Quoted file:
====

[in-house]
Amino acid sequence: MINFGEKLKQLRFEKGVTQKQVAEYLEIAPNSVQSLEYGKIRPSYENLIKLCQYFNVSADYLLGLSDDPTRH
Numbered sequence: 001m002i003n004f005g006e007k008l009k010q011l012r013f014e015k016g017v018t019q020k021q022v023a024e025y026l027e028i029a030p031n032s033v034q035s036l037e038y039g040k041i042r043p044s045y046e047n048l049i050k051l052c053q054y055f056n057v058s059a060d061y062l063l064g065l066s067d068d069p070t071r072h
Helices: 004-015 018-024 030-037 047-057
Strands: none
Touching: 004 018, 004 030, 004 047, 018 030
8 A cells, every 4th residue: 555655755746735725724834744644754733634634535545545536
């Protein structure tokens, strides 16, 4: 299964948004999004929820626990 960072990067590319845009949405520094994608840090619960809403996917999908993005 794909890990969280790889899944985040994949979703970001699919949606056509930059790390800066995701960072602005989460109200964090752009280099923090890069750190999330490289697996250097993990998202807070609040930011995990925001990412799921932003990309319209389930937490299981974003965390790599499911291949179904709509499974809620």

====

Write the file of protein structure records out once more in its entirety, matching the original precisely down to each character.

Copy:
[in-house]
Amino acid sequence: MINFGEKLKQLRFEKGVTQKQVAEYLEIAPNSVQSLEYGKIRPSYENLIKLCQYFNVSADYLLGLSDDPTRH
Numbered sequence: 001m002i003n004f005g006e007k008l009k010q011l012r013f014e015k016g017v018t019q020k021q022v023a024e025y026l027e028i029a030p031n032s033v034q035s036l037e038y039g040k041i042r043p044s045y046e047n048l049i050k051l052c053q054y055f056n057v058s059a060d061y062l063l064g065l066s067d068d069p070t071r072h
Helices: 004-015 018-024 030-037 047-057
Strands: none
Touching: 004 018, 004 030, 004 047, 018 030
8 A cells, every 4th residue: 555655755746735725724834744644754733634634535545545536
């Protein structure tokens, strides 16, 4: 299964948004999004929820626990 960072990067590319845009949405520094994608840090619960809403996917999908993005 794909890990969280790889899944985040994949979703970001699919949606056509930059790390800066995701960072602005989460109200964090752009280099923090890069750190999330490289697996250097993990998202807070609040930011995990925001990412799921932003990309319209389930937490299981974003965390790599499911291949179904709509499974809620």